"Gone with the Wind Fabulous" Explained

Kenya shares her thoughts on the fight and gives some background on her comment.


I moved to Atlanta around February, for one, hoping to rekindle the relationship I had with Walter. He was still single, said he wanted to have more children, said he could see me as his wife and wanted the same things I did. I moved forward hoping that I could have everything with him. When the RHOA came along in April, he couldn’t have been happier for me and said he didn’t mind our relationship being followed on TV. He intimated to me that he wanted to be married to me and that it would happen soon. I’m always talking about it on the show because he made it seem imminent. It was an exciting time for me.

NeNe is a good judge of character, which is why we are friends. I think she saw something that I didn’t see or didn’t want to see when we were in Anguilla.


I was sweet and kind to all the women on this trip. I was trying to get to a better place and bond with them and move on. ALL of the women acknowledged that my behavior was positive toward them. But when someone has it out for you, they want to have a problem with you, so they will make one. Clearly, I was trying to avoid conflict until the condescending and nasty insults started being spewed at me like: “I’m a nonfactor, I’m old, etc.” I admit, I made some mistakes being too “wild” on the trip, but certainly steered clear of confrontation with the ladies. Being called old by someone only 10 years younger than you is just trite. But, some names are an abomination and one should never call a woman, especially one that you barely know. My flirting and silly nonsense on vacation doesn’t warrant being called a whore. This was way below the belt. This was unforgivable.


Being called old is the last dirty word you can call a woman. The fact is, if we are lucky we will all age graciously with wisdom, grace, and dignity. If we are blessed, life is about seeing our children grow and their children grow to live a long, happy life full of love. Life is precious. After seeing the senseless Connecticut massacre this week, it makes this sentiment all the more precious. Life is never promised to us. My heartfelt condolences go out to the families who lost their angels.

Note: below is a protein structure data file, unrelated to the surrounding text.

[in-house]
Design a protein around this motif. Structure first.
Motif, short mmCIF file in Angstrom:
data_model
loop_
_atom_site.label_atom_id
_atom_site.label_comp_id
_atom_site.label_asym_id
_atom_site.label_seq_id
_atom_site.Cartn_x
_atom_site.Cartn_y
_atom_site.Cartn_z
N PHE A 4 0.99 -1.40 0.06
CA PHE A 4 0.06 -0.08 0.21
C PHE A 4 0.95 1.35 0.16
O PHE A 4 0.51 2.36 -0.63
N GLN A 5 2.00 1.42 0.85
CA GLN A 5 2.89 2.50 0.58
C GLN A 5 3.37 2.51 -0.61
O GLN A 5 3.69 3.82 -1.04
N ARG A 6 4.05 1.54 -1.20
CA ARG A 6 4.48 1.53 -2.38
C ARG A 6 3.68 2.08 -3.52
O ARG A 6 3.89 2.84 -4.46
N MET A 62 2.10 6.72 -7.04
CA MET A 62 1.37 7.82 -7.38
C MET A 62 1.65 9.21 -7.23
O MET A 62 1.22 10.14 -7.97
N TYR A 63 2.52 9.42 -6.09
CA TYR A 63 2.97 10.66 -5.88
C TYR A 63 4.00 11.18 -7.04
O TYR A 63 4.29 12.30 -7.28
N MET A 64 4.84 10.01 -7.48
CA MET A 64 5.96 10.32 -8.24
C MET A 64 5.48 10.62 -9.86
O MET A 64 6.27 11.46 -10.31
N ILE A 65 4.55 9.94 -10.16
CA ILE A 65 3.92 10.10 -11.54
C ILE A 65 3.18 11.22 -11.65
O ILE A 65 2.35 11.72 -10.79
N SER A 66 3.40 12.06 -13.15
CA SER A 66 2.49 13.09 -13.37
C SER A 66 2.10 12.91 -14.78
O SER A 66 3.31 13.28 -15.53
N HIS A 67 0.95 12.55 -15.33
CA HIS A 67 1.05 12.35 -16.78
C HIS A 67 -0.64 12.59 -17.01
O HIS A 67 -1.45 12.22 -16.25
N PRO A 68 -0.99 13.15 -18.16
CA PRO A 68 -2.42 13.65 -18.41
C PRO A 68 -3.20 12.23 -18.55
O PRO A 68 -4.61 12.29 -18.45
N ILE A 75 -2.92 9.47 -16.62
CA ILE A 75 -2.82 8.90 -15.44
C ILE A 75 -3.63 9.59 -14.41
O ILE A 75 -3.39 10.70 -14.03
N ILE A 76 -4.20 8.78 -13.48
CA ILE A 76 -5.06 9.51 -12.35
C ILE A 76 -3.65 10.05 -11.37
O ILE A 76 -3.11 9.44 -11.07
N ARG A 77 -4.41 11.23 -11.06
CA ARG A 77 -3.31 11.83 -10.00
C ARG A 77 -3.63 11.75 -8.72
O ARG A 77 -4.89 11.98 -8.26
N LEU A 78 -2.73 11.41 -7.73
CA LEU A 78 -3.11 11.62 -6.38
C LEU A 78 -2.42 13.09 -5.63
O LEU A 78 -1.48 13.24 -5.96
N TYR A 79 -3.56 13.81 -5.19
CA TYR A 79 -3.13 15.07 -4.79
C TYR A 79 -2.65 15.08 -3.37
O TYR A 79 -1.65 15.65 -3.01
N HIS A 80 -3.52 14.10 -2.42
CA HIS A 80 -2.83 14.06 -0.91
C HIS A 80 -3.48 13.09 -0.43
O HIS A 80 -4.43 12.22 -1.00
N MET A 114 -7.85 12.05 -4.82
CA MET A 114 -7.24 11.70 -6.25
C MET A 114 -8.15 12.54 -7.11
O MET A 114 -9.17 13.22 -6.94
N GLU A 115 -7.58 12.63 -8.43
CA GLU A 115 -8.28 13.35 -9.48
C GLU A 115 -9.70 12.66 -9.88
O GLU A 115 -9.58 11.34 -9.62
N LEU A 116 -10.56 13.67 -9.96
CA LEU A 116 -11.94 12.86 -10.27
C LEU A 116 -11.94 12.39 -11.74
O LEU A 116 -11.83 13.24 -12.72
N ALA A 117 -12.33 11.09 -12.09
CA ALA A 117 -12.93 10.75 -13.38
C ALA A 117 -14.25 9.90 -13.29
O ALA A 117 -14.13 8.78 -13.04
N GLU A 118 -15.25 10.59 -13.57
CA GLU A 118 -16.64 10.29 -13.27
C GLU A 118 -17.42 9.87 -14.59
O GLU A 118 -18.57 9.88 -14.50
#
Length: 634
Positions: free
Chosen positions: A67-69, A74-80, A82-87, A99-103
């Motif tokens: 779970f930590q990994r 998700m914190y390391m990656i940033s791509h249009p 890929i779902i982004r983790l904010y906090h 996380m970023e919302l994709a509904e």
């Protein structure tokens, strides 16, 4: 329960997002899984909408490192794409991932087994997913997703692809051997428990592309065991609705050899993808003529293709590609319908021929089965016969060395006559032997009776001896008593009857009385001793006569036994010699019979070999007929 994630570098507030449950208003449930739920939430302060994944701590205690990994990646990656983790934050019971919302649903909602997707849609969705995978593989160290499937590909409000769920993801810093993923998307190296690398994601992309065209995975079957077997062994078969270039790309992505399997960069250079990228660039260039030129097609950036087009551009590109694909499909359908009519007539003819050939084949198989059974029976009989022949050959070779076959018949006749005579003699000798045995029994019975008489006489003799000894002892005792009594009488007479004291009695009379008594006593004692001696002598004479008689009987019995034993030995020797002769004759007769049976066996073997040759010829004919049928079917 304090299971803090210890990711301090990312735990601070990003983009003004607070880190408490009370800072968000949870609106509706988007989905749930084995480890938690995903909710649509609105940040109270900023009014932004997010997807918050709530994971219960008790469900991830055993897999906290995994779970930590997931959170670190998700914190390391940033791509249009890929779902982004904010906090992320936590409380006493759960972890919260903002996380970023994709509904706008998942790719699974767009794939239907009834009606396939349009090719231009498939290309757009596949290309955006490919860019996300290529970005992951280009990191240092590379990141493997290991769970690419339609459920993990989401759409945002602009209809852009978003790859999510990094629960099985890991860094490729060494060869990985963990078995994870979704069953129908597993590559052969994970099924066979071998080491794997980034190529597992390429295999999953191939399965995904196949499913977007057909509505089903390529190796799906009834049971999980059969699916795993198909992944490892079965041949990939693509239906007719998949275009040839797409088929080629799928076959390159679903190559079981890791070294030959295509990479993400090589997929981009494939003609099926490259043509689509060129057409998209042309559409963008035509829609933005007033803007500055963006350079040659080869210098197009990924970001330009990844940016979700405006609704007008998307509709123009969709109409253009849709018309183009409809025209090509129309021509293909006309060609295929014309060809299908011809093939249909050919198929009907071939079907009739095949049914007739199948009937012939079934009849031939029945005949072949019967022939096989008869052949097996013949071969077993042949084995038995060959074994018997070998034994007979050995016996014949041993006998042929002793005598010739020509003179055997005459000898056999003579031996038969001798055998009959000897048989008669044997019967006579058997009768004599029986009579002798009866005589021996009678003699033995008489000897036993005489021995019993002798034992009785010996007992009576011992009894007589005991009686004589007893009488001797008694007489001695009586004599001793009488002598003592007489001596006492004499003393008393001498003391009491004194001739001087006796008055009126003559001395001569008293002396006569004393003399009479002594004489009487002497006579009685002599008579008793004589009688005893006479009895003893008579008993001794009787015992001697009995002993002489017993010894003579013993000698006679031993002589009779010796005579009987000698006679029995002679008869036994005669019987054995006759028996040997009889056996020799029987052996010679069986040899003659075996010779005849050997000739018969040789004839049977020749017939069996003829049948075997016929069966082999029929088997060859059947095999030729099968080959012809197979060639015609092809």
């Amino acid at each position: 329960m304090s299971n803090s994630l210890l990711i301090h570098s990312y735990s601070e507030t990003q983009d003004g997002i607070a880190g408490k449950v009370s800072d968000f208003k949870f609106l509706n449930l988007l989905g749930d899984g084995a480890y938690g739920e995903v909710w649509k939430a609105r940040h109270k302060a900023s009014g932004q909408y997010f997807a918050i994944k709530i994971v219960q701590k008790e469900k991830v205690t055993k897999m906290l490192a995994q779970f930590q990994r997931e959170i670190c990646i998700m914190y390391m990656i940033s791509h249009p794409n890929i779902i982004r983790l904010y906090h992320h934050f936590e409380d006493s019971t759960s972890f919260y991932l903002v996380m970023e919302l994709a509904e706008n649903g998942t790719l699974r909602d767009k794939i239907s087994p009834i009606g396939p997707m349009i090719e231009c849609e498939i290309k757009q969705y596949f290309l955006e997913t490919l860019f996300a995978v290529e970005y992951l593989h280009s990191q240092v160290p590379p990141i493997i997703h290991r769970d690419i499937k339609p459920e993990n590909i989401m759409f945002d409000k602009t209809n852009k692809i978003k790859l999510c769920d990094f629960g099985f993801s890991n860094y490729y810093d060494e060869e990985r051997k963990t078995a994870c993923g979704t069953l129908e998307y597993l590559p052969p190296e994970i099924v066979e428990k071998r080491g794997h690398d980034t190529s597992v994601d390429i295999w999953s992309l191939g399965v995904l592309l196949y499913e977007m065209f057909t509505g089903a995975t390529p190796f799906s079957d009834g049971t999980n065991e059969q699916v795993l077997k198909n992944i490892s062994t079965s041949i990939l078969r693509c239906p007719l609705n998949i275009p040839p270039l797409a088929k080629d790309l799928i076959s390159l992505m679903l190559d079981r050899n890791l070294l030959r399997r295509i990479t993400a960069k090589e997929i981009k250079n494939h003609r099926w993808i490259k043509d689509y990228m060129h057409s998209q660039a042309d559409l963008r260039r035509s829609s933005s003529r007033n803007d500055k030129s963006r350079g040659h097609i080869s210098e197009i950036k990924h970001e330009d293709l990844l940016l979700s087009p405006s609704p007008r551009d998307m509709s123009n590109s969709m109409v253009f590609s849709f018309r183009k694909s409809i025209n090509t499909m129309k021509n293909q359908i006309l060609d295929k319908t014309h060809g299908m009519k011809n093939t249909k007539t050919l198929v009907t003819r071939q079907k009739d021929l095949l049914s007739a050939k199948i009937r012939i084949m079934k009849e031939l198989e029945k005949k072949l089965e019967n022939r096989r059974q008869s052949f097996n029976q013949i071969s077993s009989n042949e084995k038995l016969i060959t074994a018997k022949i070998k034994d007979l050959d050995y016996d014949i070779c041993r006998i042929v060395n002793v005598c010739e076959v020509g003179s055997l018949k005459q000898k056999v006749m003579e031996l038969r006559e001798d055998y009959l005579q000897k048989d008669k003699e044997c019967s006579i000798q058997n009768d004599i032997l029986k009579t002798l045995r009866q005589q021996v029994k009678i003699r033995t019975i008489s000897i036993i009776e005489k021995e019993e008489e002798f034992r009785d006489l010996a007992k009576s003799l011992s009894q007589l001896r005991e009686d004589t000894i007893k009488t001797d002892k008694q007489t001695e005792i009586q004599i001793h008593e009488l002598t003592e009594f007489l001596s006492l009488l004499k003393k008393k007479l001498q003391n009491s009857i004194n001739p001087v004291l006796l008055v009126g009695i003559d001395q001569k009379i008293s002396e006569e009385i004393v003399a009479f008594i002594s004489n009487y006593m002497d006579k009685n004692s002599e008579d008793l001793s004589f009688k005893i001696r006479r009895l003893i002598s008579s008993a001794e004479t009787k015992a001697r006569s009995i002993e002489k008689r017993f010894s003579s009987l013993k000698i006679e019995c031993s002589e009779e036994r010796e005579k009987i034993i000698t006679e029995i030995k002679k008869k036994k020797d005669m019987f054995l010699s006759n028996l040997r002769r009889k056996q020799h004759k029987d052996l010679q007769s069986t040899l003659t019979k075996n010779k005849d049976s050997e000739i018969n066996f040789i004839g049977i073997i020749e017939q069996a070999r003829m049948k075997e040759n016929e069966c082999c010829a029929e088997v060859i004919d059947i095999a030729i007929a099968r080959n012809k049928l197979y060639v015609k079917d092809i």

When an insecure woman is jealous, immature, spiteful, and/or ignorant, they will always try to tear an accomplished, beautiful woman down in order to feel better about their own lack of success. However, one cannot rewrite history. My legacy is untouchable, and I’m most proud of my professional achievements and accomplishments I have been able to bequeath despite the odds.

With that said, there have been many women whom I admire, respect, and marvel at their inner strength and beauty from the past that have provided inspiration for me as a young girl studying history and the arts. Knowledge is truly power. Without these bold, brave trailblazers, there would be no past, present, or future for generations to come. In 1939 (73 years ago) Hattie McDaniel was the first Black woman to win an Academy Award for her performance in Gone With The Wind. Ms. McDaniel played a loyal maid in a time where roles for women of color were few and far between. Hattie was widely criticized for playing a maid, but without her inner strength, it’s unclear what our legacy as a people would be now. Certainly, she has enriched my life. Her incredible feat defied racism, hatred, segregation and civil uncertainty and unrest.

In my eyes, Hattie McDaniel is a “shero.” She is the sole reason that Halle Berry, Whoopi Goldberg, Mo’nique, and Octavia Spencer, etc. (all Oscar recipients) can proudly wear their crowns of being legendary and fabulous Black women of film. I appreciate all the incredible women I have to admire and aspire to be like. I will strive to recover from my many missteps and win my fans over again despite the people who laugh when I stumble instead of offering me a hand.  I hope that I can find a man who loves me for me. But in the meantime, I’ll continue to be strong and humble and not let anyone steal my shine in order to gain fame off my misfortunes.

I’m Kenya Moore. I’m 41 and fabulous! My age, race, religion, social economic standing, and marital status are not indicators of my past, present, or future as I too can defy the odds just like Hattie. I am bold. I am humble. I am strong. I am complicated. I am complex. I am vulnerable. I am resilient. I am good. I am honest --That’s what makes me fabulous.I will forever be GONE WITH THE WIND FABULOUS. And I hope I can inspire others to be Gone With The Wind fabulous too at any age.

“We ask ourselves, who am I to be brilliant, gorgeous, talented, fabulous? Actually, who are you not to be?” -Marianne Williamson

You May Also Like...

Recommended by Zergnet